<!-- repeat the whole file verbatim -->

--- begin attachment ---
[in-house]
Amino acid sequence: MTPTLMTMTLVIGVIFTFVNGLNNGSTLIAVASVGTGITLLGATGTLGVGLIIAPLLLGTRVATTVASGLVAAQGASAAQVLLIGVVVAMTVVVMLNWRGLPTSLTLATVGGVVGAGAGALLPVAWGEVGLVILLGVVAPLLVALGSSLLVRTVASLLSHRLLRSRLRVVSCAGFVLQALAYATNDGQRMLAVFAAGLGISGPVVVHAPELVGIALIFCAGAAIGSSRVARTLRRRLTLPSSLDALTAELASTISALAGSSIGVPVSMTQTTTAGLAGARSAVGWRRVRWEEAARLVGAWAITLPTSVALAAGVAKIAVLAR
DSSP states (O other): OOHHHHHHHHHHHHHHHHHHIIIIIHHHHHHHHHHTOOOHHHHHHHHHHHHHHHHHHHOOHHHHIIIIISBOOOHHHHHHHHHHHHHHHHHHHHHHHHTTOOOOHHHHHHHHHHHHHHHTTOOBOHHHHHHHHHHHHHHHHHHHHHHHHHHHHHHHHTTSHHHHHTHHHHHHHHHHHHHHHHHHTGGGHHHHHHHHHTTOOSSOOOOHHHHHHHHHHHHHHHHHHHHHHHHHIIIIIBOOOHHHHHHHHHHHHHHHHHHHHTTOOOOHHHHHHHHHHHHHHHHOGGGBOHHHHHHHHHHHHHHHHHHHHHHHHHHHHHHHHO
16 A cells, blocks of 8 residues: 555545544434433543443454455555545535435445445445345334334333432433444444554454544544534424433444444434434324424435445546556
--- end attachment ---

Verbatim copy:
[in-house]
Amino acid sequence: MTPTLMTMTLVIGVIFTFVNGLNNGSTLIAVASVGTGITLLGATGTLGVGLIIAPLLLGTRVATTVASGLVAAQGASAAQVLLIGVVVAMTVVVMLNWRGLPTSLTLATVGGVVGAGAGALLPVAWGEVGLVILLGVVAPLLVALGSSLLVRTVASLLSHRLLRSRLRVVSCAGFVLQALAYATNDGQRMLAVFAAGLGISGPVVVHAPELVGIALIFCAGAAIGSSRVARTLRRRLTLPSSLDALTAELASTISALAGSSIGVPVSMTQTTTAGLAGARSAVGWRRVRWEEAARLVGAWAITLPTSVALAAGVAKIAVLAR
DSSP states (O other): OOHHHHHHHHHHHHHHHHHHIIIIIHHHHHHHHHHTOOOHHHHHHHHHHHHHHHHHHHOOHHHHIIIIISBOOOHHHHHHHHHHHHHHHHHHHHHHHHTTOOOOHHHHHHHHHHHHHHHTTOOBOHHHHHHHHHHHHHHHHHHHHHHHHHHHHHHHHTTSHHHHHTHHHHHHHHHHHHHHHHHHTGGGHHHHHHHHHTTOOSSOOOOHHHHHHHHHHHHHHHHHHHHHHHHHIIIIIBOOOHHHHHHHHHHHHHHHHHHHHTTOOOOHHHHHHHHHHHHHHHHOGGGBOHHHHHHHHHHHHHHHHHHHHHHHHHHHHHHHHO
16 A cells, blocks of 8 residues: 555545544434433543443454455555545535435445445445345334334333432433444444554454544544534424433444444434434324424435445546556